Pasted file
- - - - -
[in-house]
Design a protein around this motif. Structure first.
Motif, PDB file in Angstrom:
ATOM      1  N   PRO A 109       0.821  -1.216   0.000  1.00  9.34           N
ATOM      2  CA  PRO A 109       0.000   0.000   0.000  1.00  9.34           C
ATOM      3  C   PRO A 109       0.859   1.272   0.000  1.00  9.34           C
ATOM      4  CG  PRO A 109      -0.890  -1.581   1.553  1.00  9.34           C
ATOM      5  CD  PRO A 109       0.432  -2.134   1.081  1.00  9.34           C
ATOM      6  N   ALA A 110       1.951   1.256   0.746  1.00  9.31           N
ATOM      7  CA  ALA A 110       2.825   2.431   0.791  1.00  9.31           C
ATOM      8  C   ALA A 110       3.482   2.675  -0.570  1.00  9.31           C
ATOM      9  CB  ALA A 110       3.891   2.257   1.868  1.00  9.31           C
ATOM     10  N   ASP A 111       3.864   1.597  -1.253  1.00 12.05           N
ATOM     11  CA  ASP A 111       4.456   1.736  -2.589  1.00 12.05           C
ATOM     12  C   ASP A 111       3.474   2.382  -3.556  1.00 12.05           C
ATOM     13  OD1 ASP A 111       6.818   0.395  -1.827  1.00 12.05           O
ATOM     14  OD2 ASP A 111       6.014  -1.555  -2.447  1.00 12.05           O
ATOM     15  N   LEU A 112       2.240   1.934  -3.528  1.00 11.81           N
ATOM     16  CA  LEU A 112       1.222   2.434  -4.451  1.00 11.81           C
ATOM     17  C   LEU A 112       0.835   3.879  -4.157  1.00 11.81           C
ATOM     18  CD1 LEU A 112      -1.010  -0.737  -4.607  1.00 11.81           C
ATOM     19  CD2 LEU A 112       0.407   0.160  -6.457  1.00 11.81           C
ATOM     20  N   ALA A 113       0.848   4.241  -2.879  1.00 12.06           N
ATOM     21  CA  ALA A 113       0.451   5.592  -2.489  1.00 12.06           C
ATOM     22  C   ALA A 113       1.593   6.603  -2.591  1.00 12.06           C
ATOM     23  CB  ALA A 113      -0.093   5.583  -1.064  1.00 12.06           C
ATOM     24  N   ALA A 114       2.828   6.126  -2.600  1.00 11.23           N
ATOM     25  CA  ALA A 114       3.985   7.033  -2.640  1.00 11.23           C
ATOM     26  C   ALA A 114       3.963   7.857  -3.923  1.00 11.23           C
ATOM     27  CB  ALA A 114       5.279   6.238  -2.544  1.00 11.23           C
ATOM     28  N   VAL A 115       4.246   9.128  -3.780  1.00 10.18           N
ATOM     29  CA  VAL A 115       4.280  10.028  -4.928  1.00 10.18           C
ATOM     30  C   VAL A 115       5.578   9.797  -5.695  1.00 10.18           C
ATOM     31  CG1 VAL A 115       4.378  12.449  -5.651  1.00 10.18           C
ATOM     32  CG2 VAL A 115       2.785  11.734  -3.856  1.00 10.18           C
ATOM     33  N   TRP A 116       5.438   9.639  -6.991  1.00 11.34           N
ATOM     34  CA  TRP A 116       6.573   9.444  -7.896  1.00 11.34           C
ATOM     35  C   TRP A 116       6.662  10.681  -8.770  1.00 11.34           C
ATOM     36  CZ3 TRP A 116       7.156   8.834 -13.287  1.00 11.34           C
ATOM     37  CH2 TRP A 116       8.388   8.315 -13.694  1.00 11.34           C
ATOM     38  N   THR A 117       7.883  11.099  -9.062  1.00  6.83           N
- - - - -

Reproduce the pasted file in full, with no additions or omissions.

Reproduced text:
[in-house]
Design a protein around this motif. Structure first.
Motif, PDB file in Angstrom:
ATOM      1  N   PRO A 109       0.821  -1.216   0.000  1.00  9.34           N
ATOM      2  CA  PRO A 109       0.000   0.000   0.000  1.00  9.34           C
ATOM      3  C   PRO A 109       0.859   1.272   0.000  1.00  9.34           C
ATOM      4  CG  PRO A 109      -0.890  -1.581   1.553  1.00  9.34           C
ATOM      5  CD  PRO A 109       0.432  -2.134   1.081  1.00  9.34           C
ATOM      6  N   ALA A 110       1.951   1.256   0.746  1.00  9.31           N
ATOM      7  CA  ALA A 110       2.825   2.431   0.791  1.00  9.31           C
ATOM      8  C   ALA A 110       3.482   2.675  -0.570  1.00  9.31           C
ATOM      9  CB  ALA A 110       3.891   2.257   1.868  1.00  9.31           C
ATOM     10  N   ASP A 111       3.864   1.597  -1.253  1.00 12.05           N
ATOM     11  CA  ASP A 111       4.456   1.736  -2.589  1.00 12.05           C
ATOM     12  C   ASP A 111       3.474   2.382  -3.556  1.00 12.05           C
ATOM     13  OD1 ASP A 111       6.818   0.395  -1.827  1.00 12.05           O
ATOM     14  OD2 ASP A 111       6.014  -1.555  -2.447  1.00 12.05           O
ATOM     15  N   LEU A 112       2.240   1.934  -3.528  1.00 11.81           N
ATOM     16  CA  LEU A 112       1.222   2.434  -4.451  1.00 11.81           C
ATOM     17  C   LEU A 112       0.835   3.879  -4.157  1.00 11.81           C
ATOM     18  CD1 LEU A 112      -1.010  -0.737  -4.607  1.00 11.81           C
ATOM     19  CD2 LEU A 112       0.407   0.160  -6.457  1.00 11.81           C
ATOM     20  N   ALA A 113       0.848   4.241  -2.879  1.00 12.06           N
ATOM     21  CA  ALA A 113       0.451   5.592  -2.489  1.00 12.06           C
ATOM     22  C   ALA A 113       1.593   6.603  -2.591  1.00 12.06           C
ATOM     23  CB  ALA A 113      -0.093   5.583  -1.064  1.00 12.06           C
ATOM     24  N   ALA A 114       2.828   6.126  -2.600  1.00 11.23           N
ATOM     25  CA  ALA A 114       3.985   7.033  -2.640  1.00 11.23           C
ATOM     26  C   ALA A 114       3.963   7.857  -3.923  1.00 11.23           C
ATOM     27  CB  ALA A 114       5.279   6.238  -2.544  1.00 11.23           C
ATOM     28  N   VAL A 115       4.246   9.128  -3.780  1.00 10.18           N
ATOM     29  CA  VAL A 115       4.280  10.028  -4.928  1.00 10.18           C
ATOM     30  C   VAL A 115       5.578   9.797  -5.695  1.00 10.18           C
ATOM     31  CG1 VAL A 115       4.378  12.449  -5.651  1.00 10.18           C
ATOM     32  CG2 VAL A 115       2.785  11.734  -3.856  1.00 10.18           C
ATOM     33  N   TRP A 116       5.438   9.639  -6.991  1.00 11.34           N
ATOM     34  CA  TRP A 116       6.573   9.444  -7.896  1.00 11.34           C
ATOM     35  C   TRP A 116       6.662  10.681  -8.770  1.00 11.34           C
ATOM     36  CZ3 TRP A 116       7.156   8.834 -13.287  1.00 11.34           C
ATOM     37  CH2 TRP A 116       8.388   8.315 -13.694  1.00 11.34           C
ATOM     38  N   THR A 117       7.883  11.099  -9.062  1.00  6.83           N